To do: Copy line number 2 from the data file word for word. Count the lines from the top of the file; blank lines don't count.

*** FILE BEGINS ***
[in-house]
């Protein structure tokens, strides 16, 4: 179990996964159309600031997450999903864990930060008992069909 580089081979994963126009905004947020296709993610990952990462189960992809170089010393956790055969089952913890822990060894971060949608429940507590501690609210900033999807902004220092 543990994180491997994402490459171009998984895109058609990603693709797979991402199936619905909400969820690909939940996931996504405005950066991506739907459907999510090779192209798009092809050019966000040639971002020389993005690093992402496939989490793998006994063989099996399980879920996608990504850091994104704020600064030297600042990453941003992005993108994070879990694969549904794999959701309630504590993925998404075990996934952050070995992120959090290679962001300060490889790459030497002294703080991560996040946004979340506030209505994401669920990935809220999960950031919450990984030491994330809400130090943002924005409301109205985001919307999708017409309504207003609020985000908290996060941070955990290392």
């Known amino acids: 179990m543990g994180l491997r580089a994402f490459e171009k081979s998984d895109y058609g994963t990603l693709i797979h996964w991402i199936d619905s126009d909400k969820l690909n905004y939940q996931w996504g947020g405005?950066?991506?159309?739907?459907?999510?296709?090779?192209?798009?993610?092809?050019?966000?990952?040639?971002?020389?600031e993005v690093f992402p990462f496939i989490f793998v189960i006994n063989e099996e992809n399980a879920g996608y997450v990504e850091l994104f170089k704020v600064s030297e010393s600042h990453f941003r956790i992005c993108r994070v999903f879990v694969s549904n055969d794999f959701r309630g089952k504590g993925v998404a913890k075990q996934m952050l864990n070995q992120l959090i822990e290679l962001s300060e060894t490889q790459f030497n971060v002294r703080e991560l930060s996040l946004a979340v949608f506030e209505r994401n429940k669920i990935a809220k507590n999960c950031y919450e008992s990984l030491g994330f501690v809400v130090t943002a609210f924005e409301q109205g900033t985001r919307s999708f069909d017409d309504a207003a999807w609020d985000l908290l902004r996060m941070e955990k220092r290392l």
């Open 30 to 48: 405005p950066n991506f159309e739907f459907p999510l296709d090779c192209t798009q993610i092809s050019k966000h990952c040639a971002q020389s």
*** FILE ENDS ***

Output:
């Protein structure tokens, strides 16, 4: 179990996964159309600031997450999903864990930060008992069909 580089081979994963126009905004947020296709993610990952990462189960992809170089010393956790055969089952913890822990060894971060949608429940507590501690609210900033999807902004220092 543990994180491997994402490459171009998984895109058609990603693709797979991402199936619905909400969820690909939940996931996504405005950066991506739907459907999510090779192209798009092809050019966000040639971002020389993005690093992402496939989490793998006994063989099996399980879920996608990504850091994104704020600064030297600042990453941003992005993108994070879990694969549904794999959701309630504590993925998404075990996934952050070995992120959090290679962001300060490889790459030497002294703080991560996040946004979340506030209505994401669920990935809220999960950031919450990984030491994330809400130090943002924005409301109205985001919307999708017409309504207003609020985000908290996060941070955990290392």